Recent research indicates that alcohol consumption jumped 14% in the U.S. in 2020 (hello, crap year). Many imbibed as a temporary salve to deal with the stress of COVID-19, but the increase in alcohol intake is also having an enduring and negative impact on the skin.Sure, antioxidants in red wine have some health benefits, but, on the whole, alcohol is pretty terrible for the skin. (So, yes, more bad news in a year filled with it.) But there are ways to temper its effects. Read on to educate yourself about exactly what alcohol does to your skin—and some simple ways to mitigate its effects.
The bad news: This is what alcohol does to your skinAlcohol is a toxin that, when consumed, negatively impacts skin cell activity. Drink it on the regular and it can cause…
Dehydration.Alcohol is a diuretic that causes the body to rapidly lose water, including the fluid that keeps skin plump. In the short term this means that after downing two or more drinks, you may wake up to dull, flakey skin. Over the long haul, however, regular drinking can cause the skin to become chronically dehydrated and more vulnerable to sagging and wrinkling.
Puffiness.Alcohol can trigger an inflammatory response in the skin, resulting in skin puffiness—especially around the eyes.
Redness.The same inflammatory effect can also cause dilation of capillaries in the skin, resulting in face flushing. This is why heavy drinkers often develop red cheeks and noses.
Breakouts.Alcohol can impact your body’s microbiome (the ratio of good to bad bacteria), an imbalance that may trigger acne and eczema flareups in the skin. Alcohol can also enlarge pores, increasing the likelihood of developing blackheads and whiteheads.
The good news: How to minimize alcohol’s impact
Alcohol is never going to be a health food, but there are ways to enjoy it on occasion, while minimizing its negative effects.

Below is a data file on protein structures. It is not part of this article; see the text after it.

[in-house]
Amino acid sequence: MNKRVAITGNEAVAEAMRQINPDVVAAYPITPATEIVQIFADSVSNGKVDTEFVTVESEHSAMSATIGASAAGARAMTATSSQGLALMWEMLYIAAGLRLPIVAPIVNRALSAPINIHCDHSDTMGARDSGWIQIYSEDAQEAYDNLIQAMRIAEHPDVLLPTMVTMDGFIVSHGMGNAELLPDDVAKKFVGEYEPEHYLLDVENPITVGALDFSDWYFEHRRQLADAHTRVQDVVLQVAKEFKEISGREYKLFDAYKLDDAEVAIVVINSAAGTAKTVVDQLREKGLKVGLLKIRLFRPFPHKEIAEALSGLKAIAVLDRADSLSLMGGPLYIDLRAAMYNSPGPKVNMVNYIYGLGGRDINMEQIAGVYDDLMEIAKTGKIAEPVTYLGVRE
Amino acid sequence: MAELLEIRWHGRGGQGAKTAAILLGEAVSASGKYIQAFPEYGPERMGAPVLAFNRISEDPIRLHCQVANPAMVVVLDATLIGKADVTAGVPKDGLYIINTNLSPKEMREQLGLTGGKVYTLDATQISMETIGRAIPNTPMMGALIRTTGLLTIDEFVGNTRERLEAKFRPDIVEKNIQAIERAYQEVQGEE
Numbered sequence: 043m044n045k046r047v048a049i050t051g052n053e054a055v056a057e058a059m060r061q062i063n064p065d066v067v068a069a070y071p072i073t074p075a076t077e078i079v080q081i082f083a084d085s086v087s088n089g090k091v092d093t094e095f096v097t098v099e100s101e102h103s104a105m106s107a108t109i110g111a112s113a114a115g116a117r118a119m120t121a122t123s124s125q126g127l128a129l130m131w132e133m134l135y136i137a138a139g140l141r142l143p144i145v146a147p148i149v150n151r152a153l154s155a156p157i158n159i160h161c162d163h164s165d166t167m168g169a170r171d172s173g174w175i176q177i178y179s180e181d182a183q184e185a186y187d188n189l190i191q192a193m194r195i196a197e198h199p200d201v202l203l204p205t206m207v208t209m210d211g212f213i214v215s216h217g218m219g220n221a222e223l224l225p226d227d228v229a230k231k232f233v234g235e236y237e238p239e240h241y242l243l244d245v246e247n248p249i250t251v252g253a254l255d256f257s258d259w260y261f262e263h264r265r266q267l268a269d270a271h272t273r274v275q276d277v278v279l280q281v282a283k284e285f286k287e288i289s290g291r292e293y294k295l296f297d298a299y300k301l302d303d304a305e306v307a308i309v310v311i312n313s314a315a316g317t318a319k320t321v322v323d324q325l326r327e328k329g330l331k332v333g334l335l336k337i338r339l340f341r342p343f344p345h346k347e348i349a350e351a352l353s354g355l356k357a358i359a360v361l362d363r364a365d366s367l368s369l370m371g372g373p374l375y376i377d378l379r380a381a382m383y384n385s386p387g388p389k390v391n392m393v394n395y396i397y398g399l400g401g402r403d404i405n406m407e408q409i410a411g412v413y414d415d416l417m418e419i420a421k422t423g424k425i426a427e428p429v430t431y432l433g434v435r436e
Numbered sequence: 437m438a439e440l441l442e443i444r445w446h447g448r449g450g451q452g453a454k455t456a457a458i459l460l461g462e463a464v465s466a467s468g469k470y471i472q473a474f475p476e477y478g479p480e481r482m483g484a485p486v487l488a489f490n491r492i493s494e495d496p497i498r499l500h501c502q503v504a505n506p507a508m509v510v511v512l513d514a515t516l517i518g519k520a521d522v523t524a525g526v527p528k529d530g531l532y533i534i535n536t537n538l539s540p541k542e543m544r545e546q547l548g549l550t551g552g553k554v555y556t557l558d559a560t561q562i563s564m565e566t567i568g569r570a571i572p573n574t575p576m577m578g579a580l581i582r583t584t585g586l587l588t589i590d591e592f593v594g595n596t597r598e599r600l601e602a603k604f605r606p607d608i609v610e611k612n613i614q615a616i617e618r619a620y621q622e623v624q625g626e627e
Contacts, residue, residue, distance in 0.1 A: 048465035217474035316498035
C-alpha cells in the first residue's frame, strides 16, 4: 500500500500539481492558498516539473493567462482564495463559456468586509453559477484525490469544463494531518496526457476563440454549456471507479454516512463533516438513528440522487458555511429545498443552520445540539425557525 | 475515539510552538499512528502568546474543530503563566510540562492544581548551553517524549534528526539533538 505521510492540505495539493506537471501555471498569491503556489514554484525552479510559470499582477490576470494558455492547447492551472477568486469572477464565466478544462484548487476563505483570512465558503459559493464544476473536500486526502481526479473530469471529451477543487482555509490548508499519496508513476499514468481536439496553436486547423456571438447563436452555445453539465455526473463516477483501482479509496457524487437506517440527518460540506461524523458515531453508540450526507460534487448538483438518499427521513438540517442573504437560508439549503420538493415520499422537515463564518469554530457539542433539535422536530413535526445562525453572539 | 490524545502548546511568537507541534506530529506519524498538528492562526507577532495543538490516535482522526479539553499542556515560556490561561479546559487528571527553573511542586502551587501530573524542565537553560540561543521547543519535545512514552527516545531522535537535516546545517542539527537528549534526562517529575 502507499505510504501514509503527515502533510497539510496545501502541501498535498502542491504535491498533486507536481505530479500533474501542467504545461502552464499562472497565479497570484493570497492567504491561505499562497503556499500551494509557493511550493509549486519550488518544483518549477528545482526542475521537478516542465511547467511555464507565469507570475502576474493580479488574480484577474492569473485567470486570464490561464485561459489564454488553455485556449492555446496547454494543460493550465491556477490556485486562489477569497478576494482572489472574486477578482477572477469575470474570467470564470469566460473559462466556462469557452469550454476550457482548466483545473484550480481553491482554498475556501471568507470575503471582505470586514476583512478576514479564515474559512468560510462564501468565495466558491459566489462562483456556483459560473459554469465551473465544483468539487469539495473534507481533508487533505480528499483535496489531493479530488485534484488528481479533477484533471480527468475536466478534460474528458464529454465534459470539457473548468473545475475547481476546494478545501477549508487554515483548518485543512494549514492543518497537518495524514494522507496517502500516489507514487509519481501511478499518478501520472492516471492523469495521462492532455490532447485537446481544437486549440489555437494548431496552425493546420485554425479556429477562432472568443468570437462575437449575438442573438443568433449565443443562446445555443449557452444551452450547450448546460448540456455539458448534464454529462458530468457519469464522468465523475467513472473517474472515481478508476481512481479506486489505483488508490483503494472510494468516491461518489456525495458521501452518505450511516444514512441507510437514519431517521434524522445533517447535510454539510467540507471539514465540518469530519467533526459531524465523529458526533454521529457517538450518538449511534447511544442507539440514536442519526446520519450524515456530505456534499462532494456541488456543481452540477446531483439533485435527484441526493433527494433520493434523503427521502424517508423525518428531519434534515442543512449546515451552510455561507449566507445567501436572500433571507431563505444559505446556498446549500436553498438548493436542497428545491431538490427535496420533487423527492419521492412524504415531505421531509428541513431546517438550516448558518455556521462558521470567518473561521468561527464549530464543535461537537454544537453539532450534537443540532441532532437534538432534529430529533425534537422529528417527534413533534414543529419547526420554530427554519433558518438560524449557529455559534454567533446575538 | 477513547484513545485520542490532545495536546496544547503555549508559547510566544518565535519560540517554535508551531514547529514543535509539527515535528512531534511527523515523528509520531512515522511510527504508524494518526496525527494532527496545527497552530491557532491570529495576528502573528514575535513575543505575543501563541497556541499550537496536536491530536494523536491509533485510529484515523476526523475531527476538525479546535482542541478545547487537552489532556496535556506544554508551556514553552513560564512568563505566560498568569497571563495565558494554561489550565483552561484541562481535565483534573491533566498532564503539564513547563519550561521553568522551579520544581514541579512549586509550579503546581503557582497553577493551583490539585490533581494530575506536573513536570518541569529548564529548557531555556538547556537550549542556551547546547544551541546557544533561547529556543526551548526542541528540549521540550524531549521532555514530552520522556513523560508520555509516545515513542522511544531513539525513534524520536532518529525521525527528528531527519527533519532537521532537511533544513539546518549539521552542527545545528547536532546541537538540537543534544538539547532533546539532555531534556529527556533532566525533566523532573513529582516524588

Clear things upGenerally-speaking, clearer alcohols (e.g. vodka, gin, tequila) are processed and flushed through the body faster than dark liquor or sugary cocktails. And if the alcohol moves quickly through your system, it incurs less damage.
Avoid sugary additivesSugar is one of the primary inflammatory triggers so keeping your cocktails simple (a shot glass of tequila or vodka mixed with La Croix) will help alleviate next-day puffiness and redness.
Choose red wine over whiteSorry, Chardonnay lovers, but red wine does usually boast a higher number of antioxidants like polyphenols and resveratrol, which may help counterbalance the alcohol’s negative effects.
Drink only every other day (or less)
This one is obvious. The less you drink, the better it is for your overall health and wellness.
Up your water intake
Drinking a glass of water for every alcoholic drink you down will help flush the alcohol out of your body faster—and re-hydrate and replenish the fluids the alcohol drains out of your body (and skin). Similarly, eating while you are drinking may mitigate alcohol’s effects because it passes through the digestive system, along with the food, diluting its damaging impact.